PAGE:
“It was just a matter of us getting the food out to the people that were rescued, and it was just nonstop,” Maida said.

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Maida and Kahn initially served sandwiches to about 60 passengers whose flights had been canceled earlier that day. By midafternoon, the number had swelled to 196, after first responders started bringing in motorists rescued from the airport perimeter. According to Helen Tederous, an NFTA spokeswoman, the authority’s police, firefighters and airfield crews spent Friday saving people trapped in their vehicles and providing them with such basic necessities as food, water and shelter.

“Everyone at the airport went into a live-saving mode,” she said. “NFTA employees did whatever they had to do to help.”

Maida and Kahn, who had all of Delaware North’s bars, restaurants and retail outlets at their disposal, checked the company’s food and beverage stocks and started meal-planning. Fortunately, they had received a delivery that morning and had enough premade sandwiches on hand to stretch several days.

“Grab-‘n’-go inventory really carried us,” Maida said. “We were able to feed even the fire department and the NFTA police.”

With the assistance of superintendents who were also on the premises, Maida and Kahn set up a dining schedule to provide free meals for their overnight guests, who had slept on cots and padded mats provided by the airport. Maida started brewing coffee at 6 a.m., and from 7 to 9, they served muffins thawed the night before and fruit.

A callout for anyone with restaurant experience landed them two travelers who knew their way around a commercial kitchen, especially the fryer. At around 4 p.m. on Friday and Saturday, they offered chicken tenders and french fries from the Anchor Bar. The sole vegetarian in the group dined on chicken Caesar salad with the protein plucked from the greens.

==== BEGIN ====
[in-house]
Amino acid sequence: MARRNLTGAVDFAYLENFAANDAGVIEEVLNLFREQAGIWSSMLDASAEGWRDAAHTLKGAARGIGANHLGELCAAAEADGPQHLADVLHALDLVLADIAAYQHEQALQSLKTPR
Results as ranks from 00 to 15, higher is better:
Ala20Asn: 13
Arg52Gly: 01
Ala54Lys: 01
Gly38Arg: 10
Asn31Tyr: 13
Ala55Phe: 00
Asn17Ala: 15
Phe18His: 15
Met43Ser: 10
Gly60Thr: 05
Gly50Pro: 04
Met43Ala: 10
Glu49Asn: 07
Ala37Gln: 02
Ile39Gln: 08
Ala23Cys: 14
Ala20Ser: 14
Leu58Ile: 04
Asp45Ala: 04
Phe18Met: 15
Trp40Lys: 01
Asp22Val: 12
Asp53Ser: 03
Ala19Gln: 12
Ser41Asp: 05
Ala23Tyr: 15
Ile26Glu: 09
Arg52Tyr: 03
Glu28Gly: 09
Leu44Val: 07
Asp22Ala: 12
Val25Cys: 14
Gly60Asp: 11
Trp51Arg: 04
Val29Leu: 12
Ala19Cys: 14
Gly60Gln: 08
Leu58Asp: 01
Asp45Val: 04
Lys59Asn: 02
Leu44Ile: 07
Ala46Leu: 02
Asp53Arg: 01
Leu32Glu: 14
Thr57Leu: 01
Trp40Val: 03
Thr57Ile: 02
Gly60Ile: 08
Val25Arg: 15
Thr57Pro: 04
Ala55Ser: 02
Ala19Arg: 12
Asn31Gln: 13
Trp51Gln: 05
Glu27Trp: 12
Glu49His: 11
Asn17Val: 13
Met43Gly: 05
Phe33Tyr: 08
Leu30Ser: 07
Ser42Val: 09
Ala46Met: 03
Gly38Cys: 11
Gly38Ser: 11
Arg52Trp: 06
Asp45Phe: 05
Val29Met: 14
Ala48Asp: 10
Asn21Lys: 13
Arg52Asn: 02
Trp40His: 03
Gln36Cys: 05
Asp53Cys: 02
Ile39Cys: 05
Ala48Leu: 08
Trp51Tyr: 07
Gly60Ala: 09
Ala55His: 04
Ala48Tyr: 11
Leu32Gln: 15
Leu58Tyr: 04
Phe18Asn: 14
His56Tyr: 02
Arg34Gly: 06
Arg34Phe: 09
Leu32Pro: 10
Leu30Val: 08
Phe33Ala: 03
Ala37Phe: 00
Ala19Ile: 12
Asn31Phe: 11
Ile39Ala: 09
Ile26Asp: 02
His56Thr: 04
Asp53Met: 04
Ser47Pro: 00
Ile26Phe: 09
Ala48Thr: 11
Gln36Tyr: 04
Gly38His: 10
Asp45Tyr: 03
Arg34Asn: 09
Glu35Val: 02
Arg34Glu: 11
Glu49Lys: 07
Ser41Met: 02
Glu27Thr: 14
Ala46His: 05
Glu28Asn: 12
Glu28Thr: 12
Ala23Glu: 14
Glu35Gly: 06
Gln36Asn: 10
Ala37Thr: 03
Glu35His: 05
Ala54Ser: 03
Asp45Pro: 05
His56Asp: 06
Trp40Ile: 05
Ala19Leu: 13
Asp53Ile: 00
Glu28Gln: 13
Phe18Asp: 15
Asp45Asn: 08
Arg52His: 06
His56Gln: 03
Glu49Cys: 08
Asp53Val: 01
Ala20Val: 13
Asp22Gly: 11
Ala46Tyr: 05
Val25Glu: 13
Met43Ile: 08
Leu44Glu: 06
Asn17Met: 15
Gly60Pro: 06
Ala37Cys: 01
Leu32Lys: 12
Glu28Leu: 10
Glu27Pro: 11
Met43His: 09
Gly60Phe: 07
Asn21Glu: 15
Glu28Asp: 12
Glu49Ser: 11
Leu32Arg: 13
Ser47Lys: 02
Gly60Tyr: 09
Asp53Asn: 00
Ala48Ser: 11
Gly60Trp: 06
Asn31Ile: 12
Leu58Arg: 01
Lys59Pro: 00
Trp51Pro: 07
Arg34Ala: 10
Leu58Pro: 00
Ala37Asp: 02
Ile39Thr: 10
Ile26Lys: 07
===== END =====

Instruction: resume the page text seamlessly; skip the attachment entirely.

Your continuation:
“This was us doing what we can to make sure people can survive,” Maida said. “We would not charge anybody.”

In addition, Maida assembled a Christmas care package for a family of six who were hunkered down at the nearby firehouse. The ad hoc Santa sent the four little ones, who ranged from 8 years old to 9 months, a Melissa & Doug activity book, stuffed plush buffalo, rubber buffalo stress ball and a onesie in the Buffalo Bills team colors of red, white and blue.

“He had all of the support from us,” said Chris Chila, vice president of operations for Delaware North’s travel division. “We could not be more proud of Erik and Sam.”

On Sunday, the rescued party received word that the roads were clear enough for them to leave the airport in the early evening. Maida sent them off with sandwiches. He returned home the following morning to celebrate a belated Christmas.

“My family was really upset when they woke up Sunday morning. They said it just did not feel like Christmas,” he said. Later, Maida said, his wife and 9-year-old son told him that “it literally felt like Christmas” when they knew he was finally on his way back.